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Adobe co-founder and developer of PDF Charles Geschke dies at 81

Charles Geschke helped develop PDF, Acrobat, Illustrator, Premiere Pro, and Photoshop. He founded Adobe in 1982 with colleague John Warnock from Xerox.

twitter-logoIndia Today Tech | April 19, 2021 | Updated 13:10 IST

Highlights

  • Geschke stumbled upon Computer Science by accident when he was teaching math at John Carroll University in the 1960s.
  • He went on to pursue a PhD and founded Adobe with a Xerox colleague in 1982.
  • In 2009, President Barack Obama awarded Geschke and Warnock the National Medal of Technology.

Adobe founder who helped develop Portable Document Format (PDF) document Charles Geschke died on Friday at the age of 81. Geschke lived in the San Francisco Bay Area suburb of Los Altos. He founded Adobe in 1982 with colleague John Warnock from Xerox. He retired in 2000 and remained on the Adobe board until 2020.

Adobe CEO Shantanu Narayen in an email to his employees said, "This is a huge loss for the entire Adobe community and the technology industry, for whom he has been a guide and hero for decades. As co-founders of Adobe, Chuck and John Warnock developed groundbreaking software that has revolutionised how people create and communicate," Narayen said. "Their first product was Adobe PostScript, an innovative technology that provided a radical new way to print text and images on paper and sparked the desktop publishing revolution. Chuck instilled a relentless drive for innovation in the company, resulting in some of the most transformative software inventions, including the ubiquitous PDF, Acrobat, Illustrator, Premiere Pro, and Photoshop."

Back in 2015, PDF became the fourth most popular religion, according to Cogniview, a company that specialises in converting files to different formats. When experts at Cogniview typed "How do I convert to," Google auto-filled with suggestions like Christianity, Judaism, Islam and PDF. This also became a source for memes. A PDF is a converted high quality electronic image that is easy to access.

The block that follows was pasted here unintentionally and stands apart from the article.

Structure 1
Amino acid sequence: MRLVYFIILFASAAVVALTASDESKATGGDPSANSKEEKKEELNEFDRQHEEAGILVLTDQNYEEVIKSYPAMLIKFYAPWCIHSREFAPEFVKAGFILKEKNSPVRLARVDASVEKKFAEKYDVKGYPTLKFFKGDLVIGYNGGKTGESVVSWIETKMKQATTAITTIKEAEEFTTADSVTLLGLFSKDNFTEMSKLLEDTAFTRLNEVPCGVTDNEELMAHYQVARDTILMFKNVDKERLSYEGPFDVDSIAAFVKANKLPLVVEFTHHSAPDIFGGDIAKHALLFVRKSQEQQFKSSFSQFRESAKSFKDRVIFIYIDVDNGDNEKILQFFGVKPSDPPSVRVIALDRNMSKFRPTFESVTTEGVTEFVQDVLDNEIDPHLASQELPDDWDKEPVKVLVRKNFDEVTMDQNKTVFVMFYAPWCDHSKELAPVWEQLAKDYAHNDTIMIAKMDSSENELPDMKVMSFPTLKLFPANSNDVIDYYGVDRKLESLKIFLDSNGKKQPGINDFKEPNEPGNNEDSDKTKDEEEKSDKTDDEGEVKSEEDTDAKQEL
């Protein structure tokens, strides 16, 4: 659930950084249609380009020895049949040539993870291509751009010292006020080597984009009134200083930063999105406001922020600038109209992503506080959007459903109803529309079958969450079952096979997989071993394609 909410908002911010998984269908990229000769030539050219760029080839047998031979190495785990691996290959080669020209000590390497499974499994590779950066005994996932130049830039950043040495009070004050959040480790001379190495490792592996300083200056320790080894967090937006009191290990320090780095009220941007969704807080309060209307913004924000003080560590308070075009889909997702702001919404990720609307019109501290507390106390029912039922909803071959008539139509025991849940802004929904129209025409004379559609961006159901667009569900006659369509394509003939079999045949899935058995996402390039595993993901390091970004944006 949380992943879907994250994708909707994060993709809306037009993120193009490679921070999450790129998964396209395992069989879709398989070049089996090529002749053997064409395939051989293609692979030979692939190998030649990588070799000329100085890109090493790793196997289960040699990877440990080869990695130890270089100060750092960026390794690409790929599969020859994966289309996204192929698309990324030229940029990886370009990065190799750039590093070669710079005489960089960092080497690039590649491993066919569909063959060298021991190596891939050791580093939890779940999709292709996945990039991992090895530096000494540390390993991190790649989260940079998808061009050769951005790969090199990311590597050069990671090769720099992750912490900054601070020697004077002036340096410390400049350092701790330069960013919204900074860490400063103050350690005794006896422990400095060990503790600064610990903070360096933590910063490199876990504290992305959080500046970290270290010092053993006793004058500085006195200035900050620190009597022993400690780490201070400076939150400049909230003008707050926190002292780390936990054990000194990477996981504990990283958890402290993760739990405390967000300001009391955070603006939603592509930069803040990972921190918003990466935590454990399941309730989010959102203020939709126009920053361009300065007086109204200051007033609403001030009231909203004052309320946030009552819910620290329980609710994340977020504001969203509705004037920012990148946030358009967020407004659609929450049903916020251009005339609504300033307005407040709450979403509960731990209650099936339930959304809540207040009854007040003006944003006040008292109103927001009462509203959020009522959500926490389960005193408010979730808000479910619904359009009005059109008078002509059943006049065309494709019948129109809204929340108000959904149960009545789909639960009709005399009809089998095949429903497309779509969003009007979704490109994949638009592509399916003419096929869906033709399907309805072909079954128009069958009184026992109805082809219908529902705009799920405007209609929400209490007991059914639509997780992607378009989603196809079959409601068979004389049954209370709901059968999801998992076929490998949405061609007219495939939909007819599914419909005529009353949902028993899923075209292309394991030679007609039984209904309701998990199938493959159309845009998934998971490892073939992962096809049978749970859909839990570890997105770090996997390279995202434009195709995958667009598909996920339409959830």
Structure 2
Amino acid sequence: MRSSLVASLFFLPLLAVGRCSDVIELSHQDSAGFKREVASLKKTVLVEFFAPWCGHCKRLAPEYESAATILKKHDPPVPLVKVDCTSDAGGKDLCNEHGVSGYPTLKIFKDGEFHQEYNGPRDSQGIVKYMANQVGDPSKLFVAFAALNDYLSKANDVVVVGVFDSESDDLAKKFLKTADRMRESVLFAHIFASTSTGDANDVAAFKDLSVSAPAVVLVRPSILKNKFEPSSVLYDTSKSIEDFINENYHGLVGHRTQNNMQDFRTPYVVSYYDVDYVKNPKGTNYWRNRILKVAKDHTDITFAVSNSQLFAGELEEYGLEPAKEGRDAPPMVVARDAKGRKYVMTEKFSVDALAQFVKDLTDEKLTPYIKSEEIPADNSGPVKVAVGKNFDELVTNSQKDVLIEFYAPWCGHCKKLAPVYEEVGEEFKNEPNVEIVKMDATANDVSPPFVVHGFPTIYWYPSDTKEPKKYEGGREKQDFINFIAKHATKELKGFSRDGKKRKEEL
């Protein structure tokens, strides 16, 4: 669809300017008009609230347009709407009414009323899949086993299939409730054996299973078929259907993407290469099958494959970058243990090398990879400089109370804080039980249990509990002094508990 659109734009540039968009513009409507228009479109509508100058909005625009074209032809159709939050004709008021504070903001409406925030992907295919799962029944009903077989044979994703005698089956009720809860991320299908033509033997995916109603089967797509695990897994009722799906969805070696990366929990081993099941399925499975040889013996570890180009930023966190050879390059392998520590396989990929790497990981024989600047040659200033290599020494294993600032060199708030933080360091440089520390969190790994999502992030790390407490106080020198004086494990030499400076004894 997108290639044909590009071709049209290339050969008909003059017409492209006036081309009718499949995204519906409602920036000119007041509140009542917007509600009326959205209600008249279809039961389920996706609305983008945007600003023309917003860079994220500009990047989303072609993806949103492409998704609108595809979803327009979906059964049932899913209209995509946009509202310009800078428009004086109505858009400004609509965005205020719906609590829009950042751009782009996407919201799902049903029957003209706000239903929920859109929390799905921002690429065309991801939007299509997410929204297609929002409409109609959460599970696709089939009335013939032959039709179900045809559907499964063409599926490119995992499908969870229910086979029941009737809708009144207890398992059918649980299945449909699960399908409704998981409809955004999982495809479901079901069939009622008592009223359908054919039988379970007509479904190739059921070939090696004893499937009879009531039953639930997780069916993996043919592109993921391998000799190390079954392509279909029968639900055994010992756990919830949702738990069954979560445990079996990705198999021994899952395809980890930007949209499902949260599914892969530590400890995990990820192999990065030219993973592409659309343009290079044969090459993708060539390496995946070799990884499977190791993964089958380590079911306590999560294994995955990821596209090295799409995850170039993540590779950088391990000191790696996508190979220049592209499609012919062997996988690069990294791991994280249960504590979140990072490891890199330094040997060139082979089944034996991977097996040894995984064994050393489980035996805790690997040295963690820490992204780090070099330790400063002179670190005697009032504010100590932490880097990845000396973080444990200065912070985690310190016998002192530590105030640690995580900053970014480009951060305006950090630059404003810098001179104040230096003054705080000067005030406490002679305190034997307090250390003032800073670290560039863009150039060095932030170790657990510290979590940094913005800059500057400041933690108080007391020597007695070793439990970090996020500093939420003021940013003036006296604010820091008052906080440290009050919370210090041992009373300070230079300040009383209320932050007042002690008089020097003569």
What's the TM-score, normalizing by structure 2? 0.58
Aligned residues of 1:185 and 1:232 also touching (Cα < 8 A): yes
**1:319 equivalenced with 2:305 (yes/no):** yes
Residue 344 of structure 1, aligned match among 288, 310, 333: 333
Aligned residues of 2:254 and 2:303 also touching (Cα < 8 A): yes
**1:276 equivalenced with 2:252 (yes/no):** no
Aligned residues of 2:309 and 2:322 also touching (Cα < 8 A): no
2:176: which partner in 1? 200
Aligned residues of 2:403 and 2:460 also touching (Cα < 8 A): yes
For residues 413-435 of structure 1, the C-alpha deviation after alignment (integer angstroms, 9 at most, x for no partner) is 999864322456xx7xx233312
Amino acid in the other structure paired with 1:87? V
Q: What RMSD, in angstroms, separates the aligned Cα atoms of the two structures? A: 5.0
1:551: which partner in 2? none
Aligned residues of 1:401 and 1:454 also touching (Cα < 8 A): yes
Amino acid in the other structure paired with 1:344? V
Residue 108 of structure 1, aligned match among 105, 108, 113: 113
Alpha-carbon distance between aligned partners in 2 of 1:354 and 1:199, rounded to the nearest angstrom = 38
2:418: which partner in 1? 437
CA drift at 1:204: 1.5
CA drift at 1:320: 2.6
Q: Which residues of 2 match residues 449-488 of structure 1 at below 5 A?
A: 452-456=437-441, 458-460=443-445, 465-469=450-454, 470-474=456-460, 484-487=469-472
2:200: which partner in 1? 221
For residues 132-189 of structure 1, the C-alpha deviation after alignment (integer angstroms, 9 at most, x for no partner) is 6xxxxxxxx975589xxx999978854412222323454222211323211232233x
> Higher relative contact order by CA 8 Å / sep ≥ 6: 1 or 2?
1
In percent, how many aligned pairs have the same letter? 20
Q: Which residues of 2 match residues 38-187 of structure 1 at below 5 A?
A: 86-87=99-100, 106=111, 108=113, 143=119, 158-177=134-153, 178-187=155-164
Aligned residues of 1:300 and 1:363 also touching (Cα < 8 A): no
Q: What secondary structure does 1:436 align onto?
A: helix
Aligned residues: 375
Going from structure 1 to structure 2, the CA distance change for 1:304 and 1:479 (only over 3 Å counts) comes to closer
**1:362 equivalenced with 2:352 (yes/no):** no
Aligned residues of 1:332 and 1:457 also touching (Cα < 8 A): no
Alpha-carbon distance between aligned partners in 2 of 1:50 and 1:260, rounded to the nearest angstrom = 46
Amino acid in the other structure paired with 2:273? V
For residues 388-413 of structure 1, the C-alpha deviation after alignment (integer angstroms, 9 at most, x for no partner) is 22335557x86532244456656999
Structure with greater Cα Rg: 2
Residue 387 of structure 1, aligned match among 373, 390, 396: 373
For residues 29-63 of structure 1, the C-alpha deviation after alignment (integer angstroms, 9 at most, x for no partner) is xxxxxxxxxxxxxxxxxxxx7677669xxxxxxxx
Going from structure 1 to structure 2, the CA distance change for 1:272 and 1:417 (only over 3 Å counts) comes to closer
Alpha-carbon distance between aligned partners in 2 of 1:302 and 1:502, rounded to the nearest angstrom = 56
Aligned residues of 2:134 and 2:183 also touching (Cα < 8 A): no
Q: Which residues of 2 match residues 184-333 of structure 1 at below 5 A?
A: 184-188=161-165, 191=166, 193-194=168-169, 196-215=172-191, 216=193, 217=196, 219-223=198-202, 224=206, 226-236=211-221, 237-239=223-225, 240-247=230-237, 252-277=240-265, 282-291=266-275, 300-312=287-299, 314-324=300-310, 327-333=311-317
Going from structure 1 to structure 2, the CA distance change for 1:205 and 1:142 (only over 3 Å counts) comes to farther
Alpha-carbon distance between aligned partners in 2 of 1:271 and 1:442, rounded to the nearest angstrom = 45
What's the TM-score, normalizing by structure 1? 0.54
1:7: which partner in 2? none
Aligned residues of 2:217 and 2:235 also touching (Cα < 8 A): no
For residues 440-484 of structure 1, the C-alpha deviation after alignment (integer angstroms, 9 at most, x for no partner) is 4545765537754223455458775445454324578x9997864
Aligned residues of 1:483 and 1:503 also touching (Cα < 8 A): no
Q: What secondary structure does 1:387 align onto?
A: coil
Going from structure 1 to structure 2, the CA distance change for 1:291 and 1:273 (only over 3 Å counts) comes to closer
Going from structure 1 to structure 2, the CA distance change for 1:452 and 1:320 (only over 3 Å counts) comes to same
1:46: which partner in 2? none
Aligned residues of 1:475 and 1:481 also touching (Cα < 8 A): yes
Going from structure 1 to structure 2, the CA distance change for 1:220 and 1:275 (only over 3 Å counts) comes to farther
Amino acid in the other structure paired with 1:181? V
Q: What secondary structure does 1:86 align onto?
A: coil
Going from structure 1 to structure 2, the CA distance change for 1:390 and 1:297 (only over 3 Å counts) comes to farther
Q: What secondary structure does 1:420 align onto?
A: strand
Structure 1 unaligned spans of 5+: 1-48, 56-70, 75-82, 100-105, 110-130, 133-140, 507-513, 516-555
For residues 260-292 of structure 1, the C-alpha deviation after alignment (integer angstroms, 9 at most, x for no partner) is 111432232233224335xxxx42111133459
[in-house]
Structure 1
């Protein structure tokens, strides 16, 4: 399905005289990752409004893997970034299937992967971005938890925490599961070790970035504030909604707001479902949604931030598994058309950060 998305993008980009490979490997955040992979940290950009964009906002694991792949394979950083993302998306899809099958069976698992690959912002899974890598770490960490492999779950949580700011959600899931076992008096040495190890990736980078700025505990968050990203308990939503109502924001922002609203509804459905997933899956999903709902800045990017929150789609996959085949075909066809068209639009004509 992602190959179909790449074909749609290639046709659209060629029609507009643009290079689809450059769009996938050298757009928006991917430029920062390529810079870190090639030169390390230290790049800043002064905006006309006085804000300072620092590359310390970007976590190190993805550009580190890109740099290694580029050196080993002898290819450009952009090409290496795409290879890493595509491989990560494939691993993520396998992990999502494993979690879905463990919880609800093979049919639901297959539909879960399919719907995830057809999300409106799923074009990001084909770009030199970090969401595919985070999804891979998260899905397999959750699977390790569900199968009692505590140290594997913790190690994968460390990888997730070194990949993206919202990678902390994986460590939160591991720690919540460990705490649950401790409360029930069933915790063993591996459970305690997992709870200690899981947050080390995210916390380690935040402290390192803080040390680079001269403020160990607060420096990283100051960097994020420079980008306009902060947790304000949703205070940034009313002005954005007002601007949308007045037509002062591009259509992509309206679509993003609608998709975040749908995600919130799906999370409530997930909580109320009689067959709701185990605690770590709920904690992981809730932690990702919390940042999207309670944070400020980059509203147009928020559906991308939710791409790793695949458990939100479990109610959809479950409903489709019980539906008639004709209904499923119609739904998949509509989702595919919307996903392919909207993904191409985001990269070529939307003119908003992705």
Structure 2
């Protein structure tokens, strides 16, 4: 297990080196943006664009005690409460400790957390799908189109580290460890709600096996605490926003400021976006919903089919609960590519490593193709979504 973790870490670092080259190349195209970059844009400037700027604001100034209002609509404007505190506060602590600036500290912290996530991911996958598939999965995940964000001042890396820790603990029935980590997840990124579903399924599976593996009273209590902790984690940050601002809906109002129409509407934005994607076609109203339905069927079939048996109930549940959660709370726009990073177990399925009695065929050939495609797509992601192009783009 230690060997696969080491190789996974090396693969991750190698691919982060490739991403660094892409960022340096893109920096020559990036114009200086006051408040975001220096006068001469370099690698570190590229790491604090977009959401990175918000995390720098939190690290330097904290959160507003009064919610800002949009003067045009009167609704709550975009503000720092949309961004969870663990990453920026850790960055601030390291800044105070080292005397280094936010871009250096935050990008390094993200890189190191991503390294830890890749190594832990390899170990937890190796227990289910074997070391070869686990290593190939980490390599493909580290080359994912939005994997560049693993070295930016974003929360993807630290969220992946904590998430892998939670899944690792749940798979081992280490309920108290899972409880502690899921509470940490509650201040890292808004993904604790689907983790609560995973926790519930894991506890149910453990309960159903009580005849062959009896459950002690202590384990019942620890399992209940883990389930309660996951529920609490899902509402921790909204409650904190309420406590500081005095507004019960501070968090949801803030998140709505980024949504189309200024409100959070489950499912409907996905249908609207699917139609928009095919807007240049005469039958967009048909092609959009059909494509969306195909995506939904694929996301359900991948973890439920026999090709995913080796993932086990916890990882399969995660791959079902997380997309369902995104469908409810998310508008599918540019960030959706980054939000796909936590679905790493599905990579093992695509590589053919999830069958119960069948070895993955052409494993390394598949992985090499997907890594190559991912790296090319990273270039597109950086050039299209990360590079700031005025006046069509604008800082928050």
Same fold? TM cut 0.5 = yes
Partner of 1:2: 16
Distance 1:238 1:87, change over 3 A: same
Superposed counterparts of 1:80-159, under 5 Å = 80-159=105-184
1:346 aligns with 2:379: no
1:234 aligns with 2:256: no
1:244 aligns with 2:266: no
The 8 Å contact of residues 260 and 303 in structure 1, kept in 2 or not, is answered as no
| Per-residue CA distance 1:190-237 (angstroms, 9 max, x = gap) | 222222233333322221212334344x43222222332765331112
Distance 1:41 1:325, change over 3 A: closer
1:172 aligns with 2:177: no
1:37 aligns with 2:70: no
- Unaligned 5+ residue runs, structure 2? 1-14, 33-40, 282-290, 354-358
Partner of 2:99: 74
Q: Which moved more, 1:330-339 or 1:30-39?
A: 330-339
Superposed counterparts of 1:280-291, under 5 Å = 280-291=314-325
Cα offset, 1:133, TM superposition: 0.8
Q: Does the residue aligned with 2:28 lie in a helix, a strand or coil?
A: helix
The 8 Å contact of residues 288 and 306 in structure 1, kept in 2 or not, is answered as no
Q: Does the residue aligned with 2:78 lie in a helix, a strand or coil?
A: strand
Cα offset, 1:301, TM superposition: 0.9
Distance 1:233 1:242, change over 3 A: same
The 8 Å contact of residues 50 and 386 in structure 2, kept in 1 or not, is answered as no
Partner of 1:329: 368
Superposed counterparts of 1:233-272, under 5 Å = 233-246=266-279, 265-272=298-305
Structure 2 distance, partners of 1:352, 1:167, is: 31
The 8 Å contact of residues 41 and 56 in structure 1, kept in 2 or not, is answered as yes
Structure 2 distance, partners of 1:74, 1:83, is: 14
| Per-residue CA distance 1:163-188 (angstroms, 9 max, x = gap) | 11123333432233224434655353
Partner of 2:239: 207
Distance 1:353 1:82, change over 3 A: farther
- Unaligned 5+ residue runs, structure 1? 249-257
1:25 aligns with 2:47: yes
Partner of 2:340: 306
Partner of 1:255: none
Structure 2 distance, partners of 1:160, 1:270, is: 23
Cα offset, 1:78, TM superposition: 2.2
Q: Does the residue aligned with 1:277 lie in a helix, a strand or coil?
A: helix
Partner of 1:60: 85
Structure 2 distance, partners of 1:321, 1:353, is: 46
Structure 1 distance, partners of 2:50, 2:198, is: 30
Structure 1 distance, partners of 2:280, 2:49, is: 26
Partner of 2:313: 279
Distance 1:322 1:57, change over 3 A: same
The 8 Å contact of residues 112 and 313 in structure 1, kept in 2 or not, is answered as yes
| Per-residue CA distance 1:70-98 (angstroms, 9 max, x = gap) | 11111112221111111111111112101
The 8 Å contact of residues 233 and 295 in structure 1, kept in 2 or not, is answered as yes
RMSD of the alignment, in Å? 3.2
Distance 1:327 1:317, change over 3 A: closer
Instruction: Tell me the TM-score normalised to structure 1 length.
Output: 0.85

Geschke stumbled upon Computer Science by accident when he was teaching Math at John Carroll University in the 1960s. He was upset over failing a Masters student from the program but a year later the same student called to inform him that he has discovered Computer Science and that he would teach Geschke the ropes of the subject. Geschke went on to pursue a Phd in Computer Science. He earned a doctorate from Carnegie Mellon University, after which he began working at Xerox Palo Alto Research Center, where he met Warnock. In 2009, President Barack Obama awarded Geschke and Warnock the National Medal of Technology.

"He was a famous businessman, the founder of a major company in the US and the world, and of course he was very, very proud of that and it was a huge achievement in his life, but it wasn't his focus - really, his family was," his wife Nancy Geschke, 78, told the Mercury News on Saturday. "He always called himself the luckiest man in the world."


Geschke is reported to have survived a kidnapping at gunpoint in 1992. Geschke was 52 when he was held captive for four days. A suspect who was caught with $650,000 in ransom money eventually led police to the hideout where he was held, news agency AP had reported.

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